All the flavour of Peru

Category: Food & Drink November 23, 2021


Madrid has been declared gastronomic capital of Iberian America, and it’s easy to see why. The Spanish capital is brimming with restaurants specialising in cuisines from the region whose kitchens are helmed by chefs eager to send our imaginations and tastebuds on a voyage of discovery. Check out our selection of eateries serving top notch Creole and Nikkei fare.

Born in Lima and resident in Asturias for over a decade, Mario Céspedes is a creative, versatile, unaffected chef who strives to create closer ties between the cuisine of his youth and that of his adopted home. It’s a surprising fusion that he manages adeptly thanks to a perfectly honed technique that results in refined, well-balanced flavours. His cooking is based on sauces, homemade reductions and dishes cooked in “the cylinder”, a traditional Peruvian wood-fired oven used to smoke and roast meat and fish. Menu offerings include green ceviche with huacatay (black mint) and mango, and, in the way of light dishes, delicious options like octopus with stewed olluco tubers and Botija olives, rib tamalitos with persimmon and charapita chilli pepper, and bluefin tuna nachos with avocado and chili pepper. All the desserts are irresistible, from the blue cheesecake to the lúcuma mochi with strawberry sorbet.


© Álvaro López del Cerro

A passion for Peruvian cuisine is what defines Lima-born chef Jhosef Arias, owner of this ceviche bar with truly authentic seafood flavours. His menu offers mouth-watering ceviches such as the verdoso. Named after the unusual colour of the leche de tigre in which it’s marinated – green (‘verde’) instead of white – the dish is made from coriander, sea bass, lime, baby cuttlefish, prawn, octopus, sweet potato and onion. Another specialty of the house is the Toro Toro Nikkei, red tuna tarantelo: a tiradito to which Jhosef Arias adds Asian sauces and a touch of spice. The perfect accompaniment for any of the dishes is the spicy potato bread, made from ají amarillo paste and seasoned with chincho and huacatay, two aromatic herbs that transport us straight to the Peruvian mountains.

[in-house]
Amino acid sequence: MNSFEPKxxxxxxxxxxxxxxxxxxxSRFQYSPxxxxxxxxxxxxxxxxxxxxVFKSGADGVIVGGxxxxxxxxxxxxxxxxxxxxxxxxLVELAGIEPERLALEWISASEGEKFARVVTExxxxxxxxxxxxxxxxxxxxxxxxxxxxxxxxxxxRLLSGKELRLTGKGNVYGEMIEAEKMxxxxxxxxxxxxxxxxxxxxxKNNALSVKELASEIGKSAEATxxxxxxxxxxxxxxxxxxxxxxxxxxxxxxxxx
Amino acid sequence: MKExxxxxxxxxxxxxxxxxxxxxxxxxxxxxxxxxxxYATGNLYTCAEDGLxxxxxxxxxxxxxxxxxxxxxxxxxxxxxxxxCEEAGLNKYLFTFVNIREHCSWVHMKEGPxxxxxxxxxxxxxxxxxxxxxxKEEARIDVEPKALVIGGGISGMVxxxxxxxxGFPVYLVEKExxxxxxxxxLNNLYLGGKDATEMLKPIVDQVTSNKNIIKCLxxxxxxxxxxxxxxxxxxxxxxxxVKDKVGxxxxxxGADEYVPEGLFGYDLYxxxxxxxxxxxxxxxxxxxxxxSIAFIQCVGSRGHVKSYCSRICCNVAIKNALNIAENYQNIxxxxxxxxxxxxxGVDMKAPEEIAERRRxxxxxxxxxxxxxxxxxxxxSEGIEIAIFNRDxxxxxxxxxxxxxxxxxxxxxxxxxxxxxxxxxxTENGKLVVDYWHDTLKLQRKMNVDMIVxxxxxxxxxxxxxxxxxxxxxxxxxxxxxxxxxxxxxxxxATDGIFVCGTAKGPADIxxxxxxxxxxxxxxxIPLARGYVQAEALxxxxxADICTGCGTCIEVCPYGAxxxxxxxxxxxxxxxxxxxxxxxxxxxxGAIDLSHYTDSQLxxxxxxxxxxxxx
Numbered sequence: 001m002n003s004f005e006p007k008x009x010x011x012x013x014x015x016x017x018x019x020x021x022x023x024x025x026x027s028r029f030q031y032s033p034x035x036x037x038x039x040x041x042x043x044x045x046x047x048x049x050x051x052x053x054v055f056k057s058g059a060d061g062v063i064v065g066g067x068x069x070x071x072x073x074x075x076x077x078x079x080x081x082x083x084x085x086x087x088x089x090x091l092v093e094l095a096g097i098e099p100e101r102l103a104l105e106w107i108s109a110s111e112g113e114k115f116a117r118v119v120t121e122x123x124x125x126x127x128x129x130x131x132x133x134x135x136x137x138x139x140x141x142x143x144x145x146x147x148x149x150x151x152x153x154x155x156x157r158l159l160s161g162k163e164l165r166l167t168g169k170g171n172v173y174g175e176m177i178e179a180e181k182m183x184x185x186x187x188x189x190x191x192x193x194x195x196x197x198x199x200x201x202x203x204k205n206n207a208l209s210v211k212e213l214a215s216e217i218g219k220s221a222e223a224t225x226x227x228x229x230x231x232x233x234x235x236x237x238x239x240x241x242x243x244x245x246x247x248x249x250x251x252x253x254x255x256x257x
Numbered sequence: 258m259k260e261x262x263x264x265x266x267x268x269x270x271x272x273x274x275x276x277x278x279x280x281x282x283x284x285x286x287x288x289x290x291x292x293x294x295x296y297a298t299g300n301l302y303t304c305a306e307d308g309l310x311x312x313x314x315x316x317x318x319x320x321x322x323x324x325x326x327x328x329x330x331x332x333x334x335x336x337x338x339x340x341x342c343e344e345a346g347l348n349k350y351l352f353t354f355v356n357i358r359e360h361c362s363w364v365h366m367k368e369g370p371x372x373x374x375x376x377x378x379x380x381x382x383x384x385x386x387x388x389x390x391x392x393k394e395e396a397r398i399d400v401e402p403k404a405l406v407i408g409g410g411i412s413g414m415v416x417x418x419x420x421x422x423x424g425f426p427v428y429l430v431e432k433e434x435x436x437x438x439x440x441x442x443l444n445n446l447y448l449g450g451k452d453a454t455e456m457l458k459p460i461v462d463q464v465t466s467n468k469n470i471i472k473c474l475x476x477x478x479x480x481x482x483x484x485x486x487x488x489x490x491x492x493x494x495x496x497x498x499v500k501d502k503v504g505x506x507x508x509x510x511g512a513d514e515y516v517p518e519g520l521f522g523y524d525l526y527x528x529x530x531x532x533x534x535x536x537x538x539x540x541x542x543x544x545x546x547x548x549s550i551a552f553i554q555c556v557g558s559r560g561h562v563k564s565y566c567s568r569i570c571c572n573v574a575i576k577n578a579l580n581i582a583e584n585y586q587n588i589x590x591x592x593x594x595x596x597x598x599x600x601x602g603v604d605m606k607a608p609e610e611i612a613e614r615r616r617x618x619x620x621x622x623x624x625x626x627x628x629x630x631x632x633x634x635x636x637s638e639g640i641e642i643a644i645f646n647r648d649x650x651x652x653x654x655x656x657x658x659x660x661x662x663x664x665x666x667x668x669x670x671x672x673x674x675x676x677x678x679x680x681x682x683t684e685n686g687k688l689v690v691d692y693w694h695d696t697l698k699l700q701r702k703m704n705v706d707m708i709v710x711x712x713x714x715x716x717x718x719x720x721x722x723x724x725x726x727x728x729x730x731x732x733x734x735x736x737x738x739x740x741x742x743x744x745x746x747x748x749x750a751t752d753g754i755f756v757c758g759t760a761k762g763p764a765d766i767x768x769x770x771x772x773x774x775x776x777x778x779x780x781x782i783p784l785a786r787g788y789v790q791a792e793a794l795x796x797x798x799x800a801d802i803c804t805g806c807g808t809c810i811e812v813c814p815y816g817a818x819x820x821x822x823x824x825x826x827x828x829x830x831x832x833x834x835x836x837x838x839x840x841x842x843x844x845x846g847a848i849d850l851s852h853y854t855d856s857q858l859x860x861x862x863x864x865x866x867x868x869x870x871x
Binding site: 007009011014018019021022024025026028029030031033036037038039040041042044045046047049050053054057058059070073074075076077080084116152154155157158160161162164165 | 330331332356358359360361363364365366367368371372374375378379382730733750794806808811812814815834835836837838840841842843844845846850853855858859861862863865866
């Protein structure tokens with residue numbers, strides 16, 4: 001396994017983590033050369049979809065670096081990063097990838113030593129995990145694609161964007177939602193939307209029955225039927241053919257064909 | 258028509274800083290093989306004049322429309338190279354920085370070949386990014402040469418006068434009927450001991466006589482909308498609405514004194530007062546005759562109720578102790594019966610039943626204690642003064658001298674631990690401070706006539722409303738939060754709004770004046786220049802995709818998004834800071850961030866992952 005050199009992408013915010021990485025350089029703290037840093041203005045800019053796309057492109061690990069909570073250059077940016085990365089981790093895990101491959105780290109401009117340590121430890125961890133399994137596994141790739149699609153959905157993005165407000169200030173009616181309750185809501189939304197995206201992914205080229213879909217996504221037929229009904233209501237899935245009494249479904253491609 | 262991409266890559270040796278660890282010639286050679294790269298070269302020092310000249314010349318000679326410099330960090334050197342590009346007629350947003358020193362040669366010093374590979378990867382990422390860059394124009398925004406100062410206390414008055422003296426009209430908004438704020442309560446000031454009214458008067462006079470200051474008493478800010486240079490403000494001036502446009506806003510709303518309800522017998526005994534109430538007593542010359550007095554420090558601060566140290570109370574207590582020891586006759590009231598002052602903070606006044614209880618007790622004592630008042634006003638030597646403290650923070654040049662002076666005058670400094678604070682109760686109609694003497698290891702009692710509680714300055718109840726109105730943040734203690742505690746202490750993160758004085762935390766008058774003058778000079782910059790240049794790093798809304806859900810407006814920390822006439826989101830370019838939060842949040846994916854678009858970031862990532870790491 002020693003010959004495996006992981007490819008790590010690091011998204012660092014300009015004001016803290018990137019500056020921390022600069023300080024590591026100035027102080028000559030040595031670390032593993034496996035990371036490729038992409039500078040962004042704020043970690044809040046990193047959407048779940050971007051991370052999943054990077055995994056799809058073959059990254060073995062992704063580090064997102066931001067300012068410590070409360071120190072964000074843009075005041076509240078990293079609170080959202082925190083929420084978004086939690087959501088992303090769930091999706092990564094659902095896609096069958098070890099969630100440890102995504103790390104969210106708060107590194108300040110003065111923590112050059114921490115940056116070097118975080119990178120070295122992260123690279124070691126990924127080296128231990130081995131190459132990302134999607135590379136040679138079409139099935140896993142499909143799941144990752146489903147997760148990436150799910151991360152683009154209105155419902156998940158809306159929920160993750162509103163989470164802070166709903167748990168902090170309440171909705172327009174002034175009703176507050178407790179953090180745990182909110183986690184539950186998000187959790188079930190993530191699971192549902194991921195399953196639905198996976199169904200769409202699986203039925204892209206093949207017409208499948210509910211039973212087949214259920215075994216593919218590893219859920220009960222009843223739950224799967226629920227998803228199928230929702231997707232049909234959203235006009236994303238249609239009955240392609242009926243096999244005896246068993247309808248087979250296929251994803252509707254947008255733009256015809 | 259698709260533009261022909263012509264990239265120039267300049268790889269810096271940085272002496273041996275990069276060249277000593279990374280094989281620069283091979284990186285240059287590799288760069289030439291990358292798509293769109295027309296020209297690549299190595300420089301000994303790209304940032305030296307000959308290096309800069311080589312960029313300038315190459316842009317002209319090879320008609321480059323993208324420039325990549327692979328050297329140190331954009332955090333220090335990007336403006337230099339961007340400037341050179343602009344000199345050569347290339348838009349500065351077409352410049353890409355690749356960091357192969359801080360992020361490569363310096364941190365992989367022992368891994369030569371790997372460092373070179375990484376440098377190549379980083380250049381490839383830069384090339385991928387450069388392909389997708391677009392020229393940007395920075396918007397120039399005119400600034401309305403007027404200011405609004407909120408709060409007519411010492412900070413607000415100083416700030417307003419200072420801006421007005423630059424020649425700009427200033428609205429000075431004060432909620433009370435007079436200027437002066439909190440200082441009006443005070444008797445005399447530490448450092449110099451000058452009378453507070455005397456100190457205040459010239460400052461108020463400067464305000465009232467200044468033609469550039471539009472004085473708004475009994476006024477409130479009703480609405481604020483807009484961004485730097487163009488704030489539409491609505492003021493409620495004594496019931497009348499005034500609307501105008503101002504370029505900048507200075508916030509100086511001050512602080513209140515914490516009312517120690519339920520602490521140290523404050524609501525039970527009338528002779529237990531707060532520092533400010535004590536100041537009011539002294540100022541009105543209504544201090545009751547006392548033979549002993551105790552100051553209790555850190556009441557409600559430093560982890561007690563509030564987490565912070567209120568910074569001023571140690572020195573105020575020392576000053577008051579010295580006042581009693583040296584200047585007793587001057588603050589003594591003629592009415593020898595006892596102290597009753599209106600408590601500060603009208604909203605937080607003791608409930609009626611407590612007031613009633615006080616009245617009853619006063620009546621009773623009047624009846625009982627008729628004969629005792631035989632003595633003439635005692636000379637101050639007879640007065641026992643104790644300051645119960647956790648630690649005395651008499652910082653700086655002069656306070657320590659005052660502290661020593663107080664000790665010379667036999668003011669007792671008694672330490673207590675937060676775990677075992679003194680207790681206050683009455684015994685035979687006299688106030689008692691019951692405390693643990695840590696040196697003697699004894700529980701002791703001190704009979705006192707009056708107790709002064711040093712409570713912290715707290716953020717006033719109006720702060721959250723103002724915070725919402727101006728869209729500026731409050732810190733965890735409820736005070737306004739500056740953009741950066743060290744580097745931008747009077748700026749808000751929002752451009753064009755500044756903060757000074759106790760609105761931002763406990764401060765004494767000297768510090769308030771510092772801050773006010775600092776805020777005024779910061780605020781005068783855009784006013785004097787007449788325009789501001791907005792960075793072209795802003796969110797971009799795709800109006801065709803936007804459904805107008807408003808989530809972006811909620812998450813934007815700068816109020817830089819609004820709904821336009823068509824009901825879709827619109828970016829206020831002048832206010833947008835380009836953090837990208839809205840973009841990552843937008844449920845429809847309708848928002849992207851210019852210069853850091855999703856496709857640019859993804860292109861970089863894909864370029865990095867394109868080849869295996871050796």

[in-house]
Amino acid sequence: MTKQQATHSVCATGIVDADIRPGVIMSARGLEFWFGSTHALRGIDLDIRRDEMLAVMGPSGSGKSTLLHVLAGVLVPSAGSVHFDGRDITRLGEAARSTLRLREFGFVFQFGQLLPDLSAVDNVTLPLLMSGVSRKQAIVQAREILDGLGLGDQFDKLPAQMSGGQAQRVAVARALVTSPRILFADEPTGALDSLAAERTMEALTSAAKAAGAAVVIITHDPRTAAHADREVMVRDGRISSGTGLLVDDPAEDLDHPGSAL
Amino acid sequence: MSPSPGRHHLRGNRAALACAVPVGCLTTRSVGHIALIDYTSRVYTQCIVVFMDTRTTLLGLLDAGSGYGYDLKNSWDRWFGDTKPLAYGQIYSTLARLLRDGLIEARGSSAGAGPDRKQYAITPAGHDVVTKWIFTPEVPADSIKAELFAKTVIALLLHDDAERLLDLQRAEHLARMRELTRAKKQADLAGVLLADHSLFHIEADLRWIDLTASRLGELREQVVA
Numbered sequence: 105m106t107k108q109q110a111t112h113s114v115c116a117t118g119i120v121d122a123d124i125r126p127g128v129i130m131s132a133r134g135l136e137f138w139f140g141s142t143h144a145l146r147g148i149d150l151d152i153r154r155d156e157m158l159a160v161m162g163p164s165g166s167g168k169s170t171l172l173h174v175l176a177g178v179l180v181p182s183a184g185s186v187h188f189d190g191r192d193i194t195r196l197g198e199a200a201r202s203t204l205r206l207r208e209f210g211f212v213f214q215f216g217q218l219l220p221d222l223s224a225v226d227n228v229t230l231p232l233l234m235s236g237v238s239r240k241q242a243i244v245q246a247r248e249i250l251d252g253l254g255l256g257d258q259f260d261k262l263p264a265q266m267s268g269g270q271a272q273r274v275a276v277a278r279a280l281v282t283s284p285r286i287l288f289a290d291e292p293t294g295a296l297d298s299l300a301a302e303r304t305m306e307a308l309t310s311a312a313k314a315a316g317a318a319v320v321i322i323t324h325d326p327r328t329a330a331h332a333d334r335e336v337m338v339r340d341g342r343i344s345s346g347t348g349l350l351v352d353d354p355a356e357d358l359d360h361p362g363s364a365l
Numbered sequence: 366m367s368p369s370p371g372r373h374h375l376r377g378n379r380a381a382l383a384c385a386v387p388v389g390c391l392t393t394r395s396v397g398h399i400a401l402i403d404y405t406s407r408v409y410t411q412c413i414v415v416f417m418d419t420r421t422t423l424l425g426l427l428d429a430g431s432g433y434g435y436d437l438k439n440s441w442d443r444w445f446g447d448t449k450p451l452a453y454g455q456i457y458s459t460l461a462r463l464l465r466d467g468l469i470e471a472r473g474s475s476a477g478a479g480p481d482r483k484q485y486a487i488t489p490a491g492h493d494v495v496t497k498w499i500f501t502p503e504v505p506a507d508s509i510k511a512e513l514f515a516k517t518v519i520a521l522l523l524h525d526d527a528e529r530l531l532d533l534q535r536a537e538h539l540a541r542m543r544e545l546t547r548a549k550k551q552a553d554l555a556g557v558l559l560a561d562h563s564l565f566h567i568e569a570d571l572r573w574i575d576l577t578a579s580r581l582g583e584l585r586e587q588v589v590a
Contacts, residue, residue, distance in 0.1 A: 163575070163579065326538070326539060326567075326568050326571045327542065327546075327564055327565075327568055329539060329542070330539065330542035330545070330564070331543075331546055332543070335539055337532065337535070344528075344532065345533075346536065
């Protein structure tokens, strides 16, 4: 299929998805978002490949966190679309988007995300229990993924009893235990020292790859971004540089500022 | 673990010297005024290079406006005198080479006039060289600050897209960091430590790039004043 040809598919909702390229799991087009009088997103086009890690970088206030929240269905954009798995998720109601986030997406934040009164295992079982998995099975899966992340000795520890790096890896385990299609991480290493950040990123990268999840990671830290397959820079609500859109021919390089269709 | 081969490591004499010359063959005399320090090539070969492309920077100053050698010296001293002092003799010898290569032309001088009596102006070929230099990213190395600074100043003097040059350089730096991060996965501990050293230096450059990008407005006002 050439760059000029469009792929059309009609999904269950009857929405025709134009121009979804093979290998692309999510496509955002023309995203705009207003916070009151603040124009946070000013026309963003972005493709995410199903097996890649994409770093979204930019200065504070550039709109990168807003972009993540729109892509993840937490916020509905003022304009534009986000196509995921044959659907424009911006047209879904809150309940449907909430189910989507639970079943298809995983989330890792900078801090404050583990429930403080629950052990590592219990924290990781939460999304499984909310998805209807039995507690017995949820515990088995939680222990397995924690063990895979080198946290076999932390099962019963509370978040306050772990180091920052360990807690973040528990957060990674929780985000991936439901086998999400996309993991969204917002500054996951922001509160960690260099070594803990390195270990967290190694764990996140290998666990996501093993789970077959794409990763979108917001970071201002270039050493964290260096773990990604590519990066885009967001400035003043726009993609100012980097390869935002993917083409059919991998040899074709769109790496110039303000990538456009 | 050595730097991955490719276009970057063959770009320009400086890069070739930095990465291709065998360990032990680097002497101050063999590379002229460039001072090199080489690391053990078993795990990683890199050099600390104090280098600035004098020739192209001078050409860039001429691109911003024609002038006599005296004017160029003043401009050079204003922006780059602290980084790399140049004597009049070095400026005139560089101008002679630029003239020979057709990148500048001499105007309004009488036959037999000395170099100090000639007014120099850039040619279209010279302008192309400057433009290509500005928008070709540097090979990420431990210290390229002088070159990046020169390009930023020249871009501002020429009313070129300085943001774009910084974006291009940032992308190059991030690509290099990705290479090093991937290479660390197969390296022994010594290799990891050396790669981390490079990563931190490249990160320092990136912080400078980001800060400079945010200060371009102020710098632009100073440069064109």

© Álvaro López del Cerro

Jhosef Arias has a maxim: things are always more fun if you share them. Take his message to heart and make sure you visit his restaurant in good company so you can order and share a number of the specialities on his very Creole menu. How about something hot to test the waters? You’ll find chicken brochettes and northern-style seco (meat stew) with refried beans. There are two tasting menus that start with “snacks”, such as fried corn, banana chips and purple potatoes, and a toast, with either a Pisco Sour or a Maricucha (made from passion fruit instead of lime).


Quispe is one of Peru’s most common surnames. Over the course of history, the Quispes -originally Quechua- have mixed with different cultures, the same way that cuisines blend together. This restaurant offers a tribute to the mix and diversity of the entire country. The menu is divided into two parts: one devoted to cold food (such as ceviches, tiraditos, causas…) and another to hot dishes like lomo saltado (stir-fried steak), arroz chaufa (Chinese-style rice) made with charcoal-grilled seafood and octopus and served with mashed yucca. Be sure to check out the drinks menu. How does a passion fruit and ginger chilcano sound?


“We don’t just want you to come here to eat. We want you to have a true experience”. That’s the message that diners receive when they enter this restaurant, ready to take on the challenge set for them by Miguel Valdiviezo: letting their taste buds lead them on a journey to Peru. But not the Peru that we all know. Tampu celebrates modernity. The menu is divided into chapters with intriguing titles like A Story of Scrumptious, Aforementioned Peruvian Recipes and The Crazy Chef.


The dishes whipped up by chef Luis de los Ríos take diners on a journey through traditional Peruvian cuisine. Discover the flavours of the north of Peru, anticucho and ceviche, fused effortlessly with Asian spices and Mediterranean ingredients.


© Álvaro López del Cerro

Commitment to the traditional, the natural and -above all- the authentic. That’s what you get at this restaurant in central Madrid helmed by Luis Barrios, who has been passing on his culinary wisdom for over 25 years. His goal is for us all to enjoy ourselves. He succeeds with wonderful dishes like octopus tiradito with olive sauce, Lima-style causa limeña (mashed potato cake) with tuna, chupe de camarones (a shrimp-based soup typical of southern Peru) and Atlantic halibut with chalaquita sauce. For those looking for something a bit more special, the “Sun Party” (Fiesta del Sol) tasting menu is utterly delicious from the meagre ceviche starter through to the Pisco Sour digestif.


Luis Arévalo, who was born in Iquitos, helped introduce Madrid to the Nikkei (Japanese-Peruvian fusion) cuisine. Tuna tartare, salmon poke bowls, prawn gyozas, sea bass usuzukuri with chili peppers and Chaufa rice with ton kausu and soybean sprouts are just some of the options. To finish off your evening, they offer a nice selection of mochis.


Mario Céspedes’ culinary approach at this restaurant is a surprising and harmonious fusion of Peruvian, Nikkei and Spanish cuisine. His creations include things like a bao bun stuffed with chicharrón and creamy rocoto pepper and huacatay sauce, which you’ll find in the Piqueos (Light Bites) section of the menu, and a soft-shell crab roll with curry sauce, in the Sushi section.


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